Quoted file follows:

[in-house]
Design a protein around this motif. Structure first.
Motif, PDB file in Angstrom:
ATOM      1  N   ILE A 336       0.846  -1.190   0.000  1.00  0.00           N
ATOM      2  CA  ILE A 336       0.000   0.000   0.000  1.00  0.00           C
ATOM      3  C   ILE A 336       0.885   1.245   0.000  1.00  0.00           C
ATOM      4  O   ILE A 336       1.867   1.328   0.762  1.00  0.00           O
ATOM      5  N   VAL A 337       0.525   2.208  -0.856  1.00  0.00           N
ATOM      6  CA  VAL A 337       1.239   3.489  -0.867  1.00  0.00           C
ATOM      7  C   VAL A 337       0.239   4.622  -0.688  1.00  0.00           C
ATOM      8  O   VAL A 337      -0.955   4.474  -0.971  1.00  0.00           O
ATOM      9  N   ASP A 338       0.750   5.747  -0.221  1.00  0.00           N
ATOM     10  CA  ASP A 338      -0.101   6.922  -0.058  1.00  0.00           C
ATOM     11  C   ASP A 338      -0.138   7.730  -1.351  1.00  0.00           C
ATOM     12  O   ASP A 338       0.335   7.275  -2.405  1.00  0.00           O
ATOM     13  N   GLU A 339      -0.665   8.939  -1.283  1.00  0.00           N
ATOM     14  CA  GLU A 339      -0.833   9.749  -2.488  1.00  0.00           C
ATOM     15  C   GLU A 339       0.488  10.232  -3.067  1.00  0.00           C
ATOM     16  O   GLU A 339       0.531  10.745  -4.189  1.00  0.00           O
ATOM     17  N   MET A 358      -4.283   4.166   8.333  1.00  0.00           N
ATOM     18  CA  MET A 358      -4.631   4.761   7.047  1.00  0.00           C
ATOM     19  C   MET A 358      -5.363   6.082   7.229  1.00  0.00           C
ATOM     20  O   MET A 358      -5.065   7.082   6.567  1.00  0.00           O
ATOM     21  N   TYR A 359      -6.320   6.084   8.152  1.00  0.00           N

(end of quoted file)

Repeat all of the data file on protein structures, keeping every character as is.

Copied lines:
[in-house]
Design a protein around this motif. Structure first.
Motif, PDB file in Angstrom:
ATOM      1  N   ILE A 336       0.846  -1.190   0.000  1.00  0.00           N
ATOM      2  CA  ILE A 336       0.000   0.000   0.000  1.00  0.00           C
ATOM      3  C   ILE A 336       0.885   1.245   0.000  1.00  0.00           C
ATOM      4  O   ILE A 336       1.867   1.328   0.762  1.00  0.00           O
ATOM      5  N   VAL A 337       0.525   2.208  -0.856  1.00  0.00           N
ATOM      6  CA  VAL A 337       1.239   3.489  -0.867  1.00  0.00           C
ATOM      7  C   VAL A 337       0.239   4.622  -0.688  1.00  0.00           C
ATOM      8  O   VAL A 337      -0.955   4.474  -0.971  1.00  0.00           O
ATOM      9  N   ASP A 338       0.750   5.747  -0.221  1.00  0.00           N
ATOM     10  CA  ASP A 338      -0.101   6.922  -0.058  1.00  0.00           C
ATOM     11  C   ASP A 338      -0.138   7.730  -1.351  1.00  0.00           C
ATOM     12  O   ASP A 338       0.335   7.275  -2.405  1.00  0.00           O
ATOM     13  N   GLU A 339      -0.665   8.939  -1.283  1.00  0.00           N
ATOM     14  CA  GLU A 339      -0.833   9.749  -2.488  1.00  0.00           C
ATOM     15  C   GLU A 339       0.488  10.232  -3.067  1.00  0.00           C
ATOM     16  O   GLU A 339       0.531  10.745  -4.189  1.00  0.00           O
ATOM     17  N   MET A 358      -4.283   4.166   8.333  1.00  0.00           N
ATOM     18  CA  MET A 358      -4.631   4.761   7.047  1.00  0.00           C
ATOM     19  C   MET A 358      -5.363   6.082   7.229  1.00  0.00           C
ATOM     20  O   MET A 358      -5.065   7.082   6.567  1.00  0.00           O
ATOM     21  N   TYR A 359      -6.320   6.084   8.152  1.00  0.00           N